About a year ago, Hong Kong’s once-unassuming Causeway Bay Books quickly became a symbol — and a casualty — of the semi-autonomous territory’s independent spirit. The shop, which sold politically sensitive titles banned by Beijing, was shuttered in late 2015 after five of its employees mysteriously disappeared at the hands of Chinese authorities, possibly outside of their jurisdiction.
The shop’s founder and former manager, Lam Wing-kee, now says Causeway may be reborn in nearby Taiwan, China’s other rogue outpost. In a recent interview with Nikkei Asian Review, Lam, now 62, said the democratic self-ruled island off China’s coast affords greater protection for the press than Hong Kong. He said he plans to re-establish his shop in the capital Taipei as a “symbol of resistance.”
“Hong Kong’s protection for the fourth estate is just incomparable with [that of] Taiwan,” Lam told NAR. He said the shop will likely open later this year with support from pro-democracy activists based in Hong Kong. Taiwan, which China considers a rogue province, is viewed as a progressive democratic stronghold in a region riddled with autocracy. Reporters Without Borders recently chose Taipei as the location of its new regional bureau, while Hong Kong slid further down the ranks on its annual press freedom index.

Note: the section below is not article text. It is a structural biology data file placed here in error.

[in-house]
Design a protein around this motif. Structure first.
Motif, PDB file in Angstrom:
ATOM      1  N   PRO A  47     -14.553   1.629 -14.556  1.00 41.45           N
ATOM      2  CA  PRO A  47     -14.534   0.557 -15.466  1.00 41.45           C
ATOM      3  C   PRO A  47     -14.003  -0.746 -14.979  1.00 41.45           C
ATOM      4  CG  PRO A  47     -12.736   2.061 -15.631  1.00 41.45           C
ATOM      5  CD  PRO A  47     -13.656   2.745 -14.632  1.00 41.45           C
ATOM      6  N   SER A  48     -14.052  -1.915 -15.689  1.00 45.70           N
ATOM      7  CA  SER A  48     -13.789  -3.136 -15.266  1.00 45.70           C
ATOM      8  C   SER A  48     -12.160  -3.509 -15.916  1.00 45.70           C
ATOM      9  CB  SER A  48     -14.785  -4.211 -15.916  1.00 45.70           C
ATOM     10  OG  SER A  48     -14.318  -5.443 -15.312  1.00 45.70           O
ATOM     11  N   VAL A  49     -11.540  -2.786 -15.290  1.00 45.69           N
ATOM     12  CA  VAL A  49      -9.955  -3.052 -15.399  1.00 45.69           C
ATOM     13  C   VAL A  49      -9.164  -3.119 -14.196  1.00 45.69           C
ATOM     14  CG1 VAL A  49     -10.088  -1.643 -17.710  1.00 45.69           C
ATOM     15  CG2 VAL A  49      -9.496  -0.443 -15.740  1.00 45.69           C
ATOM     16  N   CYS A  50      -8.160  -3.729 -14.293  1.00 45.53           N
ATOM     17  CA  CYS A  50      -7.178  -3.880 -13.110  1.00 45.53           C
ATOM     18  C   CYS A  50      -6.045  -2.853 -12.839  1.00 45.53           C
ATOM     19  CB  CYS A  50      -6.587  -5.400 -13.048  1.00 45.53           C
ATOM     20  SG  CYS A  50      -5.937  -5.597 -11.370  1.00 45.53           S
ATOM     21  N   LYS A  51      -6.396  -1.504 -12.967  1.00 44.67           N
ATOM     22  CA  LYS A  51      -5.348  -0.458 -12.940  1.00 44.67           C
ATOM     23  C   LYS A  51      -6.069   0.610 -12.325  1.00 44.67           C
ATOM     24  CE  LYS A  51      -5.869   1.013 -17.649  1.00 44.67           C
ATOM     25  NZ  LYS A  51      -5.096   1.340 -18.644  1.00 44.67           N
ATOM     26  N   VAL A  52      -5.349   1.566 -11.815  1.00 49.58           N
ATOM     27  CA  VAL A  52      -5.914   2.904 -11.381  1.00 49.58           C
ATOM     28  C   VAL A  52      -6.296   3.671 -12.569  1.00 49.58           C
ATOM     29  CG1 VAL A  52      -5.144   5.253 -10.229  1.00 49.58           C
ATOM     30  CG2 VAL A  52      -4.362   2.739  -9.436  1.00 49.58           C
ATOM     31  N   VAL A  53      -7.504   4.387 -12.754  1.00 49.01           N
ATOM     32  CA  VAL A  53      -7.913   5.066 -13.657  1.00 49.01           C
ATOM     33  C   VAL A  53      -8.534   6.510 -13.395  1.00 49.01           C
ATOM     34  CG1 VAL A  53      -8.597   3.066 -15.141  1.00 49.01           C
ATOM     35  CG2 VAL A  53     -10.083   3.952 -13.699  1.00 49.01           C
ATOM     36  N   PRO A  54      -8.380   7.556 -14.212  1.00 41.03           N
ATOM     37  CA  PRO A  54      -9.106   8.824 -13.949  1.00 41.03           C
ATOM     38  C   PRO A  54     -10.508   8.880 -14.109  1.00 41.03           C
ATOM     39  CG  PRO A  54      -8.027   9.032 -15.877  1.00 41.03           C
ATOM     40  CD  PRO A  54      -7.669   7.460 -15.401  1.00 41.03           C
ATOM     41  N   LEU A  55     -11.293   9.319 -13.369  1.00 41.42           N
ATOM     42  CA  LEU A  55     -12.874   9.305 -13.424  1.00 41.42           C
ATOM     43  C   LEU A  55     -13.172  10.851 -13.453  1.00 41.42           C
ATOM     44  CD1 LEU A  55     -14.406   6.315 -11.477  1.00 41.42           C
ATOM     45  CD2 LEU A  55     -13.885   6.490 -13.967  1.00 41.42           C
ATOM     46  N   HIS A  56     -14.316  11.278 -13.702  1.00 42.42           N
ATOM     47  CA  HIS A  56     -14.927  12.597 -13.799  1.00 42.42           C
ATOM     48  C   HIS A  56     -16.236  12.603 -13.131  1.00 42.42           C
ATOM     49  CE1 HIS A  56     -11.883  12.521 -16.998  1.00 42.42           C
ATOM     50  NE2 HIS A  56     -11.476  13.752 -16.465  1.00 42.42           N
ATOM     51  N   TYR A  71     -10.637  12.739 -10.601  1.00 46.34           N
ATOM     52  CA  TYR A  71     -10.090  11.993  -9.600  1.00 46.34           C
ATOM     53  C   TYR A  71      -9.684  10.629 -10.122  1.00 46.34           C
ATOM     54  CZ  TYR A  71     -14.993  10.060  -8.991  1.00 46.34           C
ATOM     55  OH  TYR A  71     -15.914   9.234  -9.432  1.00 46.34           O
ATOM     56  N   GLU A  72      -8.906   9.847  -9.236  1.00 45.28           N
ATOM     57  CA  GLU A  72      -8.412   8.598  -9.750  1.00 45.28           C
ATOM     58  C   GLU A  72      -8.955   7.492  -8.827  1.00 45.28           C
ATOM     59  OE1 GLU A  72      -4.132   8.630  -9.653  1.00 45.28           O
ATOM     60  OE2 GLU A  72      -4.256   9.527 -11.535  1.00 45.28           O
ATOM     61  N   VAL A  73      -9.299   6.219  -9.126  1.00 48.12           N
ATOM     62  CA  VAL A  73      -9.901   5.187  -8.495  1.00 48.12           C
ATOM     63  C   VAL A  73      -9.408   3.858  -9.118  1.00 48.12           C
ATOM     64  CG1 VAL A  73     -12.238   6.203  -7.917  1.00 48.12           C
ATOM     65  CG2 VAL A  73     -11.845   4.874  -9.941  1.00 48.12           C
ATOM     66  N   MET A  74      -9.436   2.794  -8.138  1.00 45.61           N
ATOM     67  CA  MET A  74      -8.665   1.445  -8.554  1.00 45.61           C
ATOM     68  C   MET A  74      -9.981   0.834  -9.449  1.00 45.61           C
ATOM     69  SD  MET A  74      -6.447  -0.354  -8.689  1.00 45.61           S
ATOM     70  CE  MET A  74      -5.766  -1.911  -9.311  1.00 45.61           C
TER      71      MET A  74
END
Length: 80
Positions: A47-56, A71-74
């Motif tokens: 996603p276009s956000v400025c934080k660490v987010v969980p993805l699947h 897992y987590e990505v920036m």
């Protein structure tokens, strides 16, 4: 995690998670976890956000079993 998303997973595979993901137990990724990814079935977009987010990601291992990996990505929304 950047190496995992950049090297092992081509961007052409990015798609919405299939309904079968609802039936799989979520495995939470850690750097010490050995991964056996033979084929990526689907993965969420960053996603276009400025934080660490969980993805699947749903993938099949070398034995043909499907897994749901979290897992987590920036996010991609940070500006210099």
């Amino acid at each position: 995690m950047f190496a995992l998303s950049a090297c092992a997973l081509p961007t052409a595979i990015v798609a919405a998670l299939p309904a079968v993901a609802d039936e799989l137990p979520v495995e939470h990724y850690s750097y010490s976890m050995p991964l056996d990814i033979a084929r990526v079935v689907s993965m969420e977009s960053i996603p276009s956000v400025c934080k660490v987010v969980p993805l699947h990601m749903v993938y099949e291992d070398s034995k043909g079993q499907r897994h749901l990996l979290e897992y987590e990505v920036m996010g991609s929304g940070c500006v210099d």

The 2015 disappearances of Lam and four of his colleagues sent a chill throughout Hong Kong’s publishing industry. The special administrative region, which began a transfer from British to Chinese sovereignty in 1997, has enjoyed greater personal freedoms than much of the mainland under an agreement known as “one country, two systems.” Many fear that those liberties are eroding as Beijing attempts to hedge its influence before the agreement’s 2047 expiry, when Hong Kong’s sovereignty will again be under question.
When Lam reemerged in Hong Kong in June of last year after eight months of absence, he told reporters in an extraordinary press conference that he had been abducted by Chinese agents, blindfolded, transported to a facility in mainland China and denied due process. He said he had been released only so he could provide his captors with a database of customers who had purchased his books, mostly scandalous (and thinly sourced) stories about the private lives of China’s communist leadership.
Upon his return and his defiant accusations, Lam said he was offered asylum in either the U.S. or Taiwan, amid fears that Chinese authorities might target him again. While he now hopes to do business in Taiwan, Lam said he will remain living in Hong Kong despite the risks. “You might choose to escape abroad, but then you are only enjoying the fruits of others,” he told NAR. “As a native Hong Konger, I would stay here to fight for democratic changes.”